A rebuilt engine on an old model
By John Anderson
Friday, January 28, 2011
Many movies make us ask why. With “The Mechanic,” it’s more like “Why now?”
Nearly 40 years ago, the original film put Charles Bronson on the road to box-office immortality. This time, we get the sleeker, buffer, balder Jason Statham as Arthur Bishop — hit man extraordinaire, connoisseur of music, wine and large-caliber weaponry, a man whose only potential flaw is his own conscience.
It’s been done. On the other hand, what hasn’t? But the idea of remakes, we thought, was to entice viewers with an existing memory of the original, and/or its star. And to judge by all available evidence, 50-year-olds aren’t the target demographic of any Hollywood studio that isn’t called RKO.
As it turns out, “The Mechanic’s” producers have been trying to get a remake off the ground for years (17, to be exact) and things, as they tend to do in Hollywood, suddenly came together: They got Statham on board, as well as the eminently suitable Simon West (director of “Con Air,” and “Lara Croft,” among others). Richard Wenk updated the existing Lewis John Carlino script with some clever acknowledgments of the decades elapsed.
It’s still an action thriller, of course, and thus in thrall to its own brainlessness. But despite a certain emotional chill, what holds this “Mechanic” together is — no surprise — the core Carlino story.
Arthur is ruthless, cold-blooded, efficient and ingenious, the latter two qualities being what makes him interesting. The original “Mechanic” was rather famous for its dialogue-free opening, in which Bronson both stalked his prey, and exhibited his, shall we say, craft. Wenk’s tweak is both homage and reinvention, and it sets an intelligent tone for what is going to be a blood bath of a movie.
And yet the heart of it all remains the relationship between Arthur and Steve McKenna (Ben Foster), who was played in the first film by Jan-Michael Vincent (where did he go?). Arthur has, out of professional necessity, killed Steve’s father, Harry (Donald Sutherland), who was his longtime associate, and only friend. Steve doesn’t know this, and Arthur doesn’t tell him, but he does take the younger man under his lethal wing, training him the finer points of contract killing, and setting the stage for a revenge scenario of (minor) Greek proportions.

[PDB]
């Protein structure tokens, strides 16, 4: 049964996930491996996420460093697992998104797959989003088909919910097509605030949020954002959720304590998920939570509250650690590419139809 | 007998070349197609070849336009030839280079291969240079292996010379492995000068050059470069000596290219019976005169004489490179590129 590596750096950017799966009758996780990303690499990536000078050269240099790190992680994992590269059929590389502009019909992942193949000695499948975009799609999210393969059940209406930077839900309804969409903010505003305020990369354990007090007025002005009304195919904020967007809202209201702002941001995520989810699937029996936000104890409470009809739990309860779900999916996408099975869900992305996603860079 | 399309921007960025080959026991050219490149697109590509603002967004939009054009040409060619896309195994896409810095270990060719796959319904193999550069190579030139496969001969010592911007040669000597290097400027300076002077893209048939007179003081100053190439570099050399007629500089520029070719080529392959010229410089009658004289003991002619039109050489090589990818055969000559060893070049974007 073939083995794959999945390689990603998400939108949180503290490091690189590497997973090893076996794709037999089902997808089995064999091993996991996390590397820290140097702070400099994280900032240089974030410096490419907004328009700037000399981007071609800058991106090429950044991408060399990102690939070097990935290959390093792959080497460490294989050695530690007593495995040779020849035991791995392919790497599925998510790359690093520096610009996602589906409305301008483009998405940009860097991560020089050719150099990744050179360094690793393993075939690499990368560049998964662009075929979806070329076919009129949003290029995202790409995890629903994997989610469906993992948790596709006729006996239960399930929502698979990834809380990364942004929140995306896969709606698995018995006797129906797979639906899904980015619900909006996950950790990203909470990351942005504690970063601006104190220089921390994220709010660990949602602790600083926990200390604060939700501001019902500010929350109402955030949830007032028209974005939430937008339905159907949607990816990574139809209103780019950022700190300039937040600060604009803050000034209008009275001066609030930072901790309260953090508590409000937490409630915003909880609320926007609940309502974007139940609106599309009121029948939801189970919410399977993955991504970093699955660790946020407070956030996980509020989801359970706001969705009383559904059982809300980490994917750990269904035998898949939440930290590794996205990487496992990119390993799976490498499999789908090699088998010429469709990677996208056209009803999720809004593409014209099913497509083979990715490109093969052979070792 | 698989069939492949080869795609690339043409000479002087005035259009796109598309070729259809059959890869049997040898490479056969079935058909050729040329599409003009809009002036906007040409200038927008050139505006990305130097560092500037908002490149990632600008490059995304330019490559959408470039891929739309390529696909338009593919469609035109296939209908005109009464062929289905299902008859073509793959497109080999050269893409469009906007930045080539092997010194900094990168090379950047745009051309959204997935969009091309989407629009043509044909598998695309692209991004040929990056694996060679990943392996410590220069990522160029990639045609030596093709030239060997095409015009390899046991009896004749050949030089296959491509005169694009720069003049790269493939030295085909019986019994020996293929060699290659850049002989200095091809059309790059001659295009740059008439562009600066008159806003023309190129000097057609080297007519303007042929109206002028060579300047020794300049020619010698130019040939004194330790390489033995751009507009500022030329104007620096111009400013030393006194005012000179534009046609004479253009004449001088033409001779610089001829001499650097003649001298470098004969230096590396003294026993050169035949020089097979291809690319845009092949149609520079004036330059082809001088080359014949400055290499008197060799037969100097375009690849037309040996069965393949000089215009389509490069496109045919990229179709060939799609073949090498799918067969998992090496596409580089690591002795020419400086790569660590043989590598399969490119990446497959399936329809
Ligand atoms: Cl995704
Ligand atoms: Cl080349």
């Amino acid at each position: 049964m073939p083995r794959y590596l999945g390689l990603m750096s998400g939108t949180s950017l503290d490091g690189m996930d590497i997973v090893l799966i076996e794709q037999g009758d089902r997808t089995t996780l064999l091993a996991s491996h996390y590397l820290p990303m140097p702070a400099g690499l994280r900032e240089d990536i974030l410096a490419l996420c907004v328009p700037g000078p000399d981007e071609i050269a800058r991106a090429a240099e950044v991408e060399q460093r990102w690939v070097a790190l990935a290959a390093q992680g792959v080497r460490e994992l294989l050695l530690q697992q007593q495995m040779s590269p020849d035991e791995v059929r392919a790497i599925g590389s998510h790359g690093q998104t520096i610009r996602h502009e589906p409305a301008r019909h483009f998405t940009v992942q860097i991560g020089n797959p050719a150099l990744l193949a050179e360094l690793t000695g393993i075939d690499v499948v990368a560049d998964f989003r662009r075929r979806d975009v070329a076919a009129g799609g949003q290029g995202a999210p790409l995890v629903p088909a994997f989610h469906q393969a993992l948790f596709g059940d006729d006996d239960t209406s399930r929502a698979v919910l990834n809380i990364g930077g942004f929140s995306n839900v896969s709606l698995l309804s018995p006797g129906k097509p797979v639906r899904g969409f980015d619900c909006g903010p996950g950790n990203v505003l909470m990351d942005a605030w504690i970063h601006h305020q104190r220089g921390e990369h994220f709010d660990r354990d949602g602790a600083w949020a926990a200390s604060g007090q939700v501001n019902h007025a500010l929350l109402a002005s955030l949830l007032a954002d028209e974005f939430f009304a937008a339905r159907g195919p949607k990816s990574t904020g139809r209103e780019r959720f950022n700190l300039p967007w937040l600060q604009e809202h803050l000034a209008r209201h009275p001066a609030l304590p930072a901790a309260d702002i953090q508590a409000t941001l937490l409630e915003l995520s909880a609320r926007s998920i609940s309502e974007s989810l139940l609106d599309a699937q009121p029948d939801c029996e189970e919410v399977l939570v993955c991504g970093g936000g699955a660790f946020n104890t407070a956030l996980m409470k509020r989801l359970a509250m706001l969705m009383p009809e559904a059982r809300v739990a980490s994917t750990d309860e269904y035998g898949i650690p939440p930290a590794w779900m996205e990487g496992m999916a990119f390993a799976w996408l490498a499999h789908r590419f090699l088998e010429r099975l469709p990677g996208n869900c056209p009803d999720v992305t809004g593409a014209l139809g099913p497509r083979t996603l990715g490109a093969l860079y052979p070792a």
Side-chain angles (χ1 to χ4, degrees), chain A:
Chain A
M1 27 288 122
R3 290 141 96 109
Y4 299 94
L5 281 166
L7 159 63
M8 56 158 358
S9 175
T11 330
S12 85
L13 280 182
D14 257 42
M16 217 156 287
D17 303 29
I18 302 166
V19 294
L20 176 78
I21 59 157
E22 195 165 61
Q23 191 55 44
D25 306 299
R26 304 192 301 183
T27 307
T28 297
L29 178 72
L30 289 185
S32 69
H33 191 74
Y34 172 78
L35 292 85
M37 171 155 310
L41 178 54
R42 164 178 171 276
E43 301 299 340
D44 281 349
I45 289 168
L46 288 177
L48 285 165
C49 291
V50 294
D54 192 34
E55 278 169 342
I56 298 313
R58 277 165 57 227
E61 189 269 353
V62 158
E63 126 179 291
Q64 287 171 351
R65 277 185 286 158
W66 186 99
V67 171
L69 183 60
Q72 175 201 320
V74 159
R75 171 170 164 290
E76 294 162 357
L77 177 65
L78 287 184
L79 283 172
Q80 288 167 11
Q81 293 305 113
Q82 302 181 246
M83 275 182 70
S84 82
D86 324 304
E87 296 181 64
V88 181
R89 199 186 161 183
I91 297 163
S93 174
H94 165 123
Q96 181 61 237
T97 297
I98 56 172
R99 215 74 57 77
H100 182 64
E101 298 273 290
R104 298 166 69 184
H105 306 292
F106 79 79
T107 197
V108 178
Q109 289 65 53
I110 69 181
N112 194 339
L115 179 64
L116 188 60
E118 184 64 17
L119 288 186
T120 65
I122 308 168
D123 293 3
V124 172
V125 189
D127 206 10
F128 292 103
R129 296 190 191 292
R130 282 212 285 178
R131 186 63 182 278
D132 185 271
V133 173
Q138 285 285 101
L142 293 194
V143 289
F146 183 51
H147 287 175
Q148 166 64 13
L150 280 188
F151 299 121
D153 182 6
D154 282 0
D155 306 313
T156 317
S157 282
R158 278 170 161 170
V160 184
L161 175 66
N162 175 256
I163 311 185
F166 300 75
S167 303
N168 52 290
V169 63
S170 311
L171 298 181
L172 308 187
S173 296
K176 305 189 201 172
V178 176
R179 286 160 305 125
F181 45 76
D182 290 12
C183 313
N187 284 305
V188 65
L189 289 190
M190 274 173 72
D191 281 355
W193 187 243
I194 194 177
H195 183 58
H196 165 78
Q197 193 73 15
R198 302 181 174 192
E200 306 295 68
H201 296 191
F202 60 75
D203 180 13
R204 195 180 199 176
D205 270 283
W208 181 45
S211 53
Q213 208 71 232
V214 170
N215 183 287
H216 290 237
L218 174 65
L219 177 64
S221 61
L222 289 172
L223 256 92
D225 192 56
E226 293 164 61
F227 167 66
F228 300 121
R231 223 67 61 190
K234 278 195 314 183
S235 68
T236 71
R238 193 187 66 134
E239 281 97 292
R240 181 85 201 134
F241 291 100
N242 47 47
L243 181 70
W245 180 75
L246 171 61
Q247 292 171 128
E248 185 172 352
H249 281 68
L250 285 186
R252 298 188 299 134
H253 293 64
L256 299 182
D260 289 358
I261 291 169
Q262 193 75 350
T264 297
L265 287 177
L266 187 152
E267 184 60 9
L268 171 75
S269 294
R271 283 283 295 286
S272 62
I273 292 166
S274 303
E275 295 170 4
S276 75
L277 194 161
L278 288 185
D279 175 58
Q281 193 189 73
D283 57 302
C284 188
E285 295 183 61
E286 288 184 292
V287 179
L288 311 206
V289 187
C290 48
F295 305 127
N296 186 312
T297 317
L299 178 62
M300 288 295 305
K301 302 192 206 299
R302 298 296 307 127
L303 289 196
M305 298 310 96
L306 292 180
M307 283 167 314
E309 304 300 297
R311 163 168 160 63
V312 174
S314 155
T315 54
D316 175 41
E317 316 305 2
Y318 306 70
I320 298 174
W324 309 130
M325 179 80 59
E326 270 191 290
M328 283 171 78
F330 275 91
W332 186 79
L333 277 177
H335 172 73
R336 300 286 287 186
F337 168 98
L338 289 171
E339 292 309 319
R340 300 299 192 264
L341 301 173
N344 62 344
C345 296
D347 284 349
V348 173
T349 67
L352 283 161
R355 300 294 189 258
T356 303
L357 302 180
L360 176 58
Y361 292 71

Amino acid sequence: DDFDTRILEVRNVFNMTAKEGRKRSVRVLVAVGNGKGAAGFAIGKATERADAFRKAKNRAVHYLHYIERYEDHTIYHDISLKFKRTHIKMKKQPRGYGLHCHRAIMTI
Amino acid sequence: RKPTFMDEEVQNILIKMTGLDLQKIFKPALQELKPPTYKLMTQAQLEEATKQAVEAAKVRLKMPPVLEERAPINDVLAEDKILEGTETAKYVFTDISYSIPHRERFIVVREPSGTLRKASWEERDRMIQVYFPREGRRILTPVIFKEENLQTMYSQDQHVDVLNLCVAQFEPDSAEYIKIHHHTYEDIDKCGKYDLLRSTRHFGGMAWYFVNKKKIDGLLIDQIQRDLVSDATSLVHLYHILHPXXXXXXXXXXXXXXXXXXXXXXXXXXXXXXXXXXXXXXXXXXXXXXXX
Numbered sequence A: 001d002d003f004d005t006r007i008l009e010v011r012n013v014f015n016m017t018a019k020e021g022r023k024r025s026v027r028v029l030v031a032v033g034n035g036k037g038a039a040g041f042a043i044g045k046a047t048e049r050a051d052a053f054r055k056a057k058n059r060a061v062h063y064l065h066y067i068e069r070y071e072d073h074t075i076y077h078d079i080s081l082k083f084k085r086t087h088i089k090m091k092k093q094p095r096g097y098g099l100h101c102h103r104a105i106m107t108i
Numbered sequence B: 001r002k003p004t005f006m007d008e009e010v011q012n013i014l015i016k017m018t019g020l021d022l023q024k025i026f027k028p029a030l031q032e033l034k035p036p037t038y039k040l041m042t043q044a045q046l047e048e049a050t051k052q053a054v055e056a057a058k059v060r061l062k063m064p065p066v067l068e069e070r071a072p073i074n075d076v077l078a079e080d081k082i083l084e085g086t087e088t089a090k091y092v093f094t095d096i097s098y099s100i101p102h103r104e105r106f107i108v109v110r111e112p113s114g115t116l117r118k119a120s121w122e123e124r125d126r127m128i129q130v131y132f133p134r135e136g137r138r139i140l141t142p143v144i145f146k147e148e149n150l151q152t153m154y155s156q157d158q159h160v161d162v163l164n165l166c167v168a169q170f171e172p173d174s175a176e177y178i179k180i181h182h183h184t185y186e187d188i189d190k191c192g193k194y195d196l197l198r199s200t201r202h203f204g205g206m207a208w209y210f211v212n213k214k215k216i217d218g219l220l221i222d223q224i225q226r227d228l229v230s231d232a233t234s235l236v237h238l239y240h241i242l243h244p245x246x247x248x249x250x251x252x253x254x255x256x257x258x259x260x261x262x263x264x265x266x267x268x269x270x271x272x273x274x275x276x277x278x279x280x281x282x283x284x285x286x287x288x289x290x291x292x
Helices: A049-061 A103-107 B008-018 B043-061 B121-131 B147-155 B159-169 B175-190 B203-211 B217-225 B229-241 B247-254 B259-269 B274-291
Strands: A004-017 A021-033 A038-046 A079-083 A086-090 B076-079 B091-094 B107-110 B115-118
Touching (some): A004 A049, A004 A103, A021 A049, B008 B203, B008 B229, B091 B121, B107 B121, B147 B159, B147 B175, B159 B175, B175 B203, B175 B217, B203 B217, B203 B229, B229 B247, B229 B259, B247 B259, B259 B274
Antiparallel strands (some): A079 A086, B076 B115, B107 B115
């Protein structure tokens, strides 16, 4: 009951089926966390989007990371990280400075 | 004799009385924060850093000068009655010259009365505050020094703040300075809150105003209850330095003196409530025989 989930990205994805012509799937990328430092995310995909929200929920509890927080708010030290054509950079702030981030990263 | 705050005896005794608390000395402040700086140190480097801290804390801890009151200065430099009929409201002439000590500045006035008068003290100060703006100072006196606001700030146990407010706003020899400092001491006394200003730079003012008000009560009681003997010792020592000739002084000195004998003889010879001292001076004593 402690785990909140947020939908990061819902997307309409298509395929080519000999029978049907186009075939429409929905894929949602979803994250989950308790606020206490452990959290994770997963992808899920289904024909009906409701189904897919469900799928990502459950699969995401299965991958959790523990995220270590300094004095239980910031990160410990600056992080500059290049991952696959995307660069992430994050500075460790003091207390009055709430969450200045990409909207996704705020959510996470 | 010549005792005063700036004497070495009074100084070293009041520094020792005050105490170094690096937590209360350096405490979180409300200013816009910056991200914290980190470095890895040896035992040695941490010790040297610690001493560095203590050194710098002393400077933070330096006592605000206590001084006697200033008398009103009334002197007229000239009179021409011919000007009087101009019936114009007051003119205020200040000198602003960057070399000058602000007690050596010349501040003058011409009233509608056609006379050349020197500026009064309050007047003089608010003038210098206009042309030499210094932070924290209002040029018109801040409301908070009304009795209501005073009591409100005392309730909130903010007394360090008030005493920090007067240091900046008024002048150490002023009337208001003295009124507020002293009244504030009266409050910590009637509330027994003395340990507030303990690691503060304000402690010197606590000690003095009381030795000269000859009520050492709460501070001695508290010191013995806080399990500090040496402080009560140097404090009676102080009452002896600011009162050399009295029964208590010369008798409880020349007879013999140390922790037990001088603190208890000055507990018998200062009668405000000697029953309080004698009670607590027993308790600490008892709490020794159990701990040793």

The action is good, and the storyline takes great care not to be the comedy it might have become: Arthur is, after all, supposed to be a surgical practitioner of the executioner’s art. Even though the game is about stealth, Steve blunders through each assignment with the finesse of a meat mallet. It makes for buckets of movie mayhem, but if you look at it a certain way, it’s kind of funny.
One of the more striking things about this retooled “Mechanic” is how visually sophisticated we’ve all become, even in the past 10 years. In lots of cases, what passed for mainstream cinema in 1972 wouldn’t get on television today and “The Mechanic,” 2011 edition, is a striking-looking work, combining an arty inkiness with a retro-graininess that more or less screams 1970s, albeit without the cliches and flatness.
If only you liked the people in the picture. Statham does what he does — his characters are all business all the time, but usually there are people on the margins who care about such characters, giving them a human dimension. Foster’s Steve is a weasely bit of business. His father’s decent (Sutherland always is), but he’s off to Kingdom Come very early on (no spoiler there).
The villains, naturally are unspeakable: Wenk’s best invention, such as it is, is Vaughn (John McConnell), a corpulent cult leader with an appetite for young girls, who gets his just desserts. And this is, of course, why these movies continue to have afterlives, even 40 years on, providing, in their way, a kind of (death) wish fulfillment.
Contains violence, vulgarity, sex, nudity.